On Friday, July 26, UE Local 1009 ratified their first contract with their new employer ABB (ASEA Brown Boveri), a Swiss-Swedish multinational corporation headquartered in Zurich, Switzerland. This was the local's third set of negotiations during the past year after their previous employer GE sold its Industrial Solutions business to ABB in June of 2018. Local 1009 members repair transformers for the electrical industry and large industrial facilities.
The local first had to bargain with GE over the effects of the sale. Shortly after the sale closed, ABB announced that it was going to “reposition” the Anaheim apparatus repair facility and move to a new location in southern California, not too far from its current location — so the local had to negotiate with ABB over the effects of the move. All of the employees also had to transition over to become transformer repair technicians, except for the shipper/receiver. Six of the local’s members decided to leave and took the negotiated severance package earlier last month.
At the end of 2018, ABB also announced that it was selling its Power Grids business, which includes the Anaheim facility, to the Japanese multinational conglomerate Hitachi. That sale is supposed to close in the second quarter of 2020. Hitachi has indicated that it will accept all of its U.S. union contracts.
“As we began our negotiations it appeared we had a steep hill to climb, due to the CBAs [collective bargaining agreements] that the company had recently signed with that other union,” said Local 1009 President Shawn Jackson. “The company might have thought it would be easy to do to us what they had done to others, given the fact we were the smallest group to negotiate with them. We proved them wrong.”
The new three-year agreement preserves the local’s existing wage rates and includes $3,500 in lump sum payments after ratification and a 2.75 percent general wage increases in the second and third years. The local was able to preserve most of their benefits and working conditions that they had under GE, with some modifications. Instead of the GE defined benefit pension plan, the local’s members will now have a 401(k) defined contribution plan with ABB contributing 3 percent of an employee’s wages each pay and a matching contribution of 75 percent of an employee’s contribution up to 6 percent of each pay. Employee payroll contributions for medical, dental and vision will not be increased prior to January 1, 2021.
Current employees will continue to receive a 10 percent shift differential; however, new employees will only receive one dollar per hour to their base wage rates. The local beat back ABB’s demand that they agree to mandatory overtime and maintained the overtime premium pay their members had under GE, including a defined work week of Monday to Friday. Instead of Income Extension Aid (IEA), which provided a weekly subsidy based on an employee’s weekly earnings when an employee was laid off under GE, the employees will now receive $610.00 per week in addition to their unemployment benefits when they are laid off due to a temporary lack of work.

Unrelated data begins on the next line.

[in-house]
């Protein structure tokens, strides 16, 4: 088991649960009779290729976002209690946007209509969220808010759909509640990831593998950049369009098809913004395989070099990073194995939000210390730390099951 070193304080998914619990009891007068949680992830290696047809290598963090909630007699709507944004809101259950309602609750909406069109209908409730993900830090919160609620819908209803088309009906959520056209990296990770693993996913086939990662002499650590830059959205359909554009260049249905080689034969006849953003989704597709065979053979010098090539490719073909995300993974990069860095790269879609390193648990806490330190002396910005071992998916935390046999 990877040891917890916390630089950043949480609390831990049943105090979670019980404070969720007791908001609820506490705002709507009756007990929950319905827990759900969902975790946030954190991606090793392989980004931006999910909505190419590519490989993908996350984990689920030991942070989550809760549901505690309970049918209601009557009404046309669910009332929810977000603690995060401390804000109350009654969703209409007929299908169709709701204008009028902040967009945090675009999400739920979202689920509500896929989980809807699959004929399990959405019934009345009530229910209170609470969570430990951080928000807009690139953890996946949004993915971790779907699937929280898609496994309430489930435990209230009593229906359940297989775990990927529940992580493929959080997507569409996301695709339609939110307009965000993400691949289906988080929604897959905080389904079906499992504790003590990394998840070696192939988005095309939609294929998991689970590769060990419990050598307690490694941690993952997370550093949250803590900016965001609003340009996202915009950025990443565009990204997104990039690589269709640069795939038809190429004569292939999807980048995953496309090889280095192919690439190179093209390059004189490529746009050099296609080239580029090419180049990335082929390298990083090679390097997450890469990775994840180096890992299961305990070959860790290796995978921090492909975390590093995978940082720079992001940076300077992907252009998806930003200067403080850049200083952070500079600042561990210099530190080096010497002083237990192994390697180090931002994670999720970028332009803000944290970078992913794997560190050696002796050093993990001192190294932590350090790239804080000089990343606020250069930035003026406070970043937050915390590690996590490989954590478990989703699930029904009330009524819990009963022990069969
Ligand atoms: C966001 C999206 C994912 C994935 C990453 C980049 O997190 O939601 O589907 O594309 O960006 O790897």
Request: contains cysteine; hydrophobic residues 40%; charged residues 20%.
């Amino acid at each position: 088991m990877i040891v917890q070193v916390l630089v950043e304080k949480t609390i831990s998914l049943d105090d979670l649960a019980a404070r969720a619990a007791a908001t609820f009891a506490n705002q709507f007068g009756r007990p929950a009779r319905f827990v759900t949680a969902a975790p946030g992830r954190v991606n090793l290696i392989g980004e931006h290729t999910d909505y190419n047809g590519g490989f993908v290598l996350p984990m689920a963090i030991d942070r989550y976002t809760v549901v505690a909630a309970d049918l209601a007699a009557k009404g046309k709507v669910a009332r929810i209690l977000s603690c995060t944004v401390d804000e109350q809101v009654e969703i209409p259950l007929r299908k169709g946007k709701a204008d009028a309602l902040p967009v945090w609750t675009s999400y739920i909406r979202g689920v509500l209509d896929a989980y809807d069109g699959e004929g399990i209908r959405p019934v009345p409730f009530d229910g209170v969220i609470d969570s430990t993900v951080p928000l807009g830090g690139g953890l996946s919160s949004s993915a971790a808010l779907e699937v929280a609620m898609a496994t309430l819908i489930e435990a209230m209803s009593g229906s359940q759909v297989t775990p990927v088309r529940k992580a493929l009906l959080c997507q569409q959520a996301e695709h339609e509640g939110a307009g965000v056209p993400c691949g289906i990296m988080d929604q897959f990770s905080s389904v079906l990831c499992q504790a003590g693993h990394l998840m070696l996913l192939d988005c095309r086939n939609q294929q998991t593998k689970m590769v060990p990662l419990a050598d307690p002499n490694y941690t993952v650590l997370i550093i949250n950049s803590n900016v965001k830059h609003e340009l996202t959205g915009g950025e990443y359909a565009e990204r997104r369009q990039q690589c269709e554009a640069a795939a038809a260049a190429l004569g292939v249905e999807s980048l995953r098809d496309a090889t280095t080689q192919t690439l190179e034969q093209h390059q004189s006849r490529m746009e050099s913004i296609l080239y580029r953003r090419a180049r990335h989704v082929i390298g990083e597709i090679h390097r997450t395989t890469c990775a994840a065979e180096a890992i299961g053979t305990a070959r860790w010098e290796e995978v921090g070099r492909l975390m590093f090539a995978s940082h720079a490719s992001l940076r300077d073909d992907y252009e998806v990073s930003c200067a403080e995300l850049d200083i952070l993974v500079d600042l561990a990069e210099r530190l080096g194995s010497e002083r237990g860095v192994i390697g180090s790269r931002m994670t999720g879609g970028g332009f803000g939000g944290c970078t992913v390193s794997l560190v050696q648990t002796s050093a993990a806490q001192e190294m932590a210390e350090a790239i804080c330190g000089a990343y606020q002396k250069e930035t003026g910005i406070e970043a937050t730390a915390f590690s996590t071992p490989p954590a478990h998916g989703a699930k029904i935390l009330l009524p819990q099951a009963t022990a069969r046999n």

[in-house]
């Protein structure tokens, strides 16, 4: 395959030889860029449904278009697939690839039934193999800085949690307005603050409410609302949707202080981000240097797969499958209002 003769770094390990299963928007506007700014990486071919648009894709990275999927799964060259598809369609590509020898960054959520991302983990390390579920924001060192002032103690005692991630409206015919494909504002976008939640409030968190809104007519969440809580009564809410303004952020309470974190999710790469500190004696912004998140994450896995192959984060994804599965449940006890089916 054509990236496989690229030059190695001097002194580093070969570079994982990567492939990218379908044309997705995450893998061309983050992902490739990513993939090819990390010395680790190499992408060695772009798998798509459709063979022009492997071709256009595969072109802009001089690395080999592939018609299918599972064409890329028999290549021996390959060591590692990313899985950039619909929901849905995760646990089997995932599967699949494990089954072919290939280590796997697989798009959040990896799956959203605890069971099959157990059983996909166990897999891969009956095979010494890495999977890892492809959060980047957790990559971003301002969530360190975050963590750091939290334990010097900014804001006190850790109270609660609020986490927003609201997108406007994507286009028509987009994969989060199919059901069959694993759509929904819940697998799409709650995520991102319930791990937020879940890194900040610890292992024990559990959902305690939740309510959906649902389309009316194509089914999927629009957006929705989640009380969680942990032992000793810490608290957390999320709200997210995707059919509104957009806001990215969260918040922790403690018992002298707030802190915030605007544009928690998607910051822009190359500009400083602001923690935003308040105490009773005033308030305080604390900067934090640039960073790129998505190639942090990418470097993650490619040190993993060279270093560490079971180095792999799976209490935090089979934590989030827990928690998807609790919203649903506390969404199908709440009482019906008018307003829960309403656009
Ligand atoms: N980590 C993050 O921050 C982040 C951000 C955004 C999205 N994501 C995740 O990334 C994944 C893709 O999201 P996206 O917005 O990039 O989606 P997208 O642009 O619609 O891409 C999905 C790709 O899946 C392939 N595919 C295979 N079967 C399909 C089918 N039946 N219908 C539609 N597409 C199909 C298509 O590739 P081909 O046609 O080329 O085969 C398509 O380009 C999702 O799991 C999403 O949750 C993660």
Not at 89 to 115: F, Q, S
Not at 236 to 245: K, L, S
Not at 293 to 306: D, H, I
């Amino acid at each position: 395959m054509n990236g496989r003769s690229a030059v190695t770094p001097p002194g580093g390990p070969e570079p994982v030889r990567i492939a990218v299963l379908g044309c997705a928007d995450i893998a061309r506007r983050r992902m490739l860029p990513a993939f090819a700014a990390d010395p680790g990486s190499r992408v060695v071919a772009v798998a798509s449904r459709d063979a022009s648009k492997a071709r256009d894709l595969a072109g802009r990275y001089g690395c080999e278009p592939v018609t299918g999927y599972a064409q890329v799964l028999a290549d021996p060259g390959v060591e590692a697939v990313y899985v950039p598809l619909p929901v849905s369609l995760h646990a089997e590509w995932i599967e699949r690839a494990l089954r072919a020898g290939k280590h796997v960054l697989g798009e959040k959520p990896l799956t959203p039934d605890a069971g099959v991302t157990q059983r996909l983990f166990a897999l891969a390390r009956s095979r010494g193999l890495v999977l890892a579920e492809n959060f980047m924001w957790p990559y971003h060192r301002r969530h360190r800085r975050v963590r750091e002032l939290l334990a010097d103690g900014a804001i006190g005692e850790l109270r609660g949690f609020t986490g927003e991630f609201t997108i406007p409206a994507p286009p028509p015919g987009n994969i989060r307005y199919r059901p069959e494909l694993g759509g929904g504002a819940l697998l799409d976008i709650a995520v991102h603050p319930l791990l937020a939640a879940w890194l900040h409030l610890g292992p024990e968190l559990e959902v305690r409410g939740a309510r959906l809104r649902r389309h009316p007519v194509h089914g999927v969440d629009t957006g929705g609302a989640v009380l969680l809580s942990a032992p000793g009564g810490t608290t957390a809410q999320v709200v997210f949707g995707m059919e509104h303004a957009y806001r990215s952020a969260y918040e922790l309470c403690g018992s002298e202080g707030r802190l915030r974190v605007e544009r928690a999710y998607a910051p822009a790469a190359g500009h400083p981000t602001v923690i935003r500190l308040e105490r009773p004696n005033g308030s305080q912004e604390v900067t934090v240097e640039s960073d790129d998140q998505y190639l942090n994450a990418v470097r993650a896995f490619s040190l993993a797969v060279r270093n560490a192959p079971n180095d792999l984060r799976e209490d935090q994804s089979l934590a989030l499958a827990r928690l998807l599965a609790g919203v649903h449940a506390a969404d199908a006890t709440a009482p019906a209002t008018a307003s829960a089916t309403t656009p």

The local was able to keep all ten holidays and two floating holidays that their members had under GE. ABB had proposed only nine holidays and two floating holidays, insisting that none of their other facilities had more than nine holidays and two floating holidays. But when Local 1009 members pointed out that UE Local 625, which represents ABB employees in Mount Pleasant, PA, has ten holidays and two floating holidays, the company backed off its demand. The local was also able to keep all of its sick and personal time their members had under GE. Employees can still earn up to six weeks of paid vacation like they had under GE, but they lost their vacation multiplier which gave employees additional vacation hours based on how much overtime they worked in the previous year. The local made improvements to their members’ tool and safety allowance and travel guidelines.
The local was also able to beat back ABB’s demand that they agree to cross another union’s picket line under the company’s No Strikes and Lockouts proposal. And just as importantly, the local beat back lower "competitive wages" for new hires that ABB was demanding, which another union had agreed to at six other former GE Industrial Solutions facility locations throughout the U.S. In exchange for the ABB dropping its demand for competitive wages, the local agreed to extend the time frame of the progression schedules for the Transformer Repair Technician C position from 6 months to 18 months and the Shipping and Receiving position from 6 months to 15 months.
“We did not simply take what they were going to give to us. We stood united for what our members wanted,” added Local 1009 Vice President Larry Leafstone. “Our united front broke them down until we got all of the important things that we were not going to give up. No competitive wage agreement. Cell phones and laptops for all field service technicians. No loss in paid holidays. Expanded bereavement benefits. Increase in meal allowance. Larger percentage wage increases in the second and third year of the CBA - not just the third year only. Larger cash payment and signing bonus. A defined work week and working hours. Standby time for weekdays / weekends for field service technician working out of town. These are just some of the main highlights that our members unanimously ratified. This proves the old saying that united we stand, divided we fall. This is a good example of why we must hold on to our right to organize and bargain collectively.”
The local's negotiating committee consisted of President Shawn Jackson, Vice President Larry Leafstone; Financial Secretary Jason Scaggs, Chief Steward Lou Alcorn, and Recording Secretary Enrique Cavaro. The local was assisted by International Representative John Thompson and Field Organizer Fernando Ramirez, who also provided negotiations training for the committee.